The schooling often requires little or no money up front. Instead of paying up-front tuition you will sign an agreement to work for the company for a specified amount of time after graduation, usually around a year, at a slightly lower rate of pay in order to pay for the training.

If you choose to quit working for the company before your year is up, they will normally require you to pay back a prorated amount of money for the schooling. The amount you pay back will be comparable to what you would have paid if you went to an independently owned school.

Company-sponsored training can be an excellent way to get your career underway if you can't afford the tuition up front for private schooling.

G-Town's Comment
member avatar

Admin, this link is picking up the definition of company sponsored, not the blog article. Thank you.

My apologies… botched the blog link in my previous post, here is the correct one:

Why We Prefer Company Sponsored Training

CDL:

Commercial Driver's License (CDL)

A CDL is required to drive any of the following vehicles:

  • Any combination of vehicles with a gross combined weight rating (GCWR) of 26,001 or more pounds, providing the gross vehicle weight rating (GVWR) of the vehicle being towed is in excess of 10,000 pounds.
  • Any single vehicle with a GVWR of 26,001 or more pounds, or any such vehicle towing another not in excess of 10,000 pounds.
  • Any vehicle, regardless of size, designed to transport 16 or more persons, including the driver.
  • Any vehicle required by federal regulations to be placarded while transporting hazardous materials.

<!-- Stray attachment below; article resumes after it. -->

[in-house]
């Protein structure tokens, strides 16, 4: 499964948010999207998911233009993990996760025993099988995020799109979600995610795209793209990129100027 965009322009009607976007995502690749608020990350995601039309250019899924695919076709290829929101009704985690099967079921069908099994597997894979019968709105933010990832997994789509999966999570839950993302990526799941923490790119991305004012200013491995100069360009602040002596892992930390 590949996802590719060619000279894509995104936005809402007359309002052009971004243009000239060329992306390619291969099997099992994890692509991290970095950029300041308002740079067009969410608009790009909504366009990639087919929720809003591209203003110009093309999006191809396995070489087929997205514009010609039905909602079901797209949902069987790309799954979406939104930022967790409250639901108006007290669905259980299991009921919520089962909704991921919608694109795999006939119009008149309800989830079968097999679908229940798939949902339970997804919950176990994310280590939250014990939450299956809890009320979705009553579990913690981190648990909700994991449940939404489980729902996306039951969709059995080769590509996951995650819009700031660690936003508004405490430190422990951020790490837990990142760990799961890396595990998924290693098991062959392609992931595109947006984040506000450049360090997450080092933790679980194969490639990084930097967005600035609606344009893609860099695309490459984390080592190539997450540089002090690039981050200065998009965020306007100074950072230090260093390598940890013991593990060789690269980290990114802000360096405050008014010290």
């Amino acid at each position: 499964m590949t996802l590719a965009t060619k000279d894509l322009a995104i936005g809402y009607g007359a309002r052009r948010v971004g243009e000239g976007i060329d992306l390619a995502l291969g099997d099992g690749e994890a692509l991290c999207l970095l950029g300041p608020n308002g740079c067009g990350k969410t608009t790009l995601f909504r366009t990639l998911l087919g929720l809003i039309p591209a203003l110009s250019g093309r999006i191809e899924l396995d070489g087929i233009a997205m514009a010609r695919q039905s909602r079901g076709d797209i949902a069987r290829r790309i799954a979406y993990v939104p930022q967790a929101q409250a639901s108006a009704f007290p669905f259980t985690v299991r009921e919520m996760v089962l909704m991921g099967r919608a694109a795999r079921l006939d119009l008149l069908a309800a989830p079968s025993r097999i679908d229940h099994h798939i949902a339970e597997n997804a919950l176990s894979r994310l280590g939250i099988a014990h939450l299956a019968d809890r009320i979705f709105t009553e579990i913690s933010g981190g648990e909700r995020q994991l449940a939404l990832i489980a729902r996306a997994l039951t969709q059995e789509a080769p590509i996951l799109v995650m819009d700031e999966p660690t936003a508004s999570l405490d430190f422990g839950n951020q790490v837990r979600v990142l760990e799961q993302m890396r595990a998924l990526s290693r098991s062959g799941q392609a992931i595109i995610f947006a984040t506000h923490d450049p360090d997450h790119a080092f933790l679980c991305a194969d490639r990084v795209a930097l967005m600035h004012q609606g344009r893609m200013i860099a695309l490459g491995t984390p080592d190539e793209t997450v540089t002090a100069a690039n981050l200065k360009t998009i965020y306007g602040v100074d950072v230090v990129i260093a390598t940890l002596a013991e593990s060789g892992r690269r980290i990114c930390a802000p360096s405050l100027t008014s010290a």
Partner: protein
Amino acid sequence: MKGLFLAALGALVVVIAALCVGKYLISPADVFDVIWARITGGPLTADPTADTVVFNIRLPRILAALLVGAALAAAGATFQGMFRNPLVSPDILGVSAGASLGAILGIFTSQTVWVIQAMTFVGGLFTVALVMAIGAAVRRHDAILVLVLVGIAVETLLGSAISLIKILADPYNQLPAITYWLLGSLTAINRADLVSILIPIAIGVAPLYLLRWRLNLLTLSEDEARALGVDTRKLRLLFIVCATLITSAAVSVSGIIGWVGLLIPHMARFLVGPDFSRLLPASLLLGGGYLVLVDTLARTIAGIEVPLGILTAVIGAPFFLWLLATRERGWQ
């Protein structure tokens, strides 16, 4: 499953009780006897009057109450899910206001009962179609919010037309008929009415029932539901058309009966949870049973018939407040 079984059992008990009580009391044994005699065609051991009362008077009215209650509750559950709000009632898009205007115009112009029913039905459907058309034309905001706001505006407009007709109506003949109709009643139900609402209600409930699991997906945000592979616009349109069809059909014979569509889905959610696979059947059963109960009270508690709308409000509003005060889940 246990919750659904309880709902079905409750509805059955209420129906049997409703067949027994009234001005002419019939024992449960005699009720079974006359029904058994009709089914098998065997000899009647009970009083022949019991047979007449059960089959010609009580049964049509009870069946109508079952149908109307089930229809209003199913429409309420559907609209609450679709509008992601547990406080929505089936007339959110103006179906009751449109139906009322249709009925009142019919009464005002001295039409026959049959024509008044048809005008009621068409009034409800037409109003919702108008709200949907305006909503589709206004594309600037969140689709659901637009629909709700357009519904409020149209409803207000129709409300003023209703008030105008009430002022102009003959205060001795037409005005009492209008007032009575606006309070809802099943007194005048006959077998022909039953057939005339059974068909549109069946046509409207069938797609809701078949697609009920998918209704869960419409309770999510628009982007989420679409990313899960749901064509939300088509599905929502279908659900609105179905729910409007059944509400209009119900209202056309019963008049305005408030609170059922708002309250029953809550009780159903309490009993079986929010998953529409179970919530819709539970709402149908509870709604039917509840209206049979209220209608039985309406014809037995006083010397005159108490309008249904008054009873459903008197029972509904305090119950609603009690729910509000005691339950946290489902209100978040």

Dm:

Dispatcher, Fleet Manager, Driver Manager

The primary person a driver communicates with at his/her company. A dispatcher can play many roles, depending on the company's structure. Dispatchers may assign freight, file requests for home time, relay messages between the driver and management, inform customer service of any delays, change appointment times, and report information to the load planners.

Company Sponsored Training:

A Company-Sponsored Training Program is a school that is owned and operated by a trucking company.

The schooling often requires little or no money up front. Instead of paying up-front tuition you will sign an agreement to work for the company for a specified amount of time after graduation, usually around a year, at a slightly lower rate of pay in order to pay for the training.

If you choose to quit working for the company before your year is up, they will normally require you to pay back a prorated amount of money for the schooling. The amount you pay back will be comparable to what you would have paid if you went to an independently owned school.

Company-sponsored training can be an excellent way to get your career underway if you can't afford the tuition up front for private schooling.

George B.'s Comment
member avatar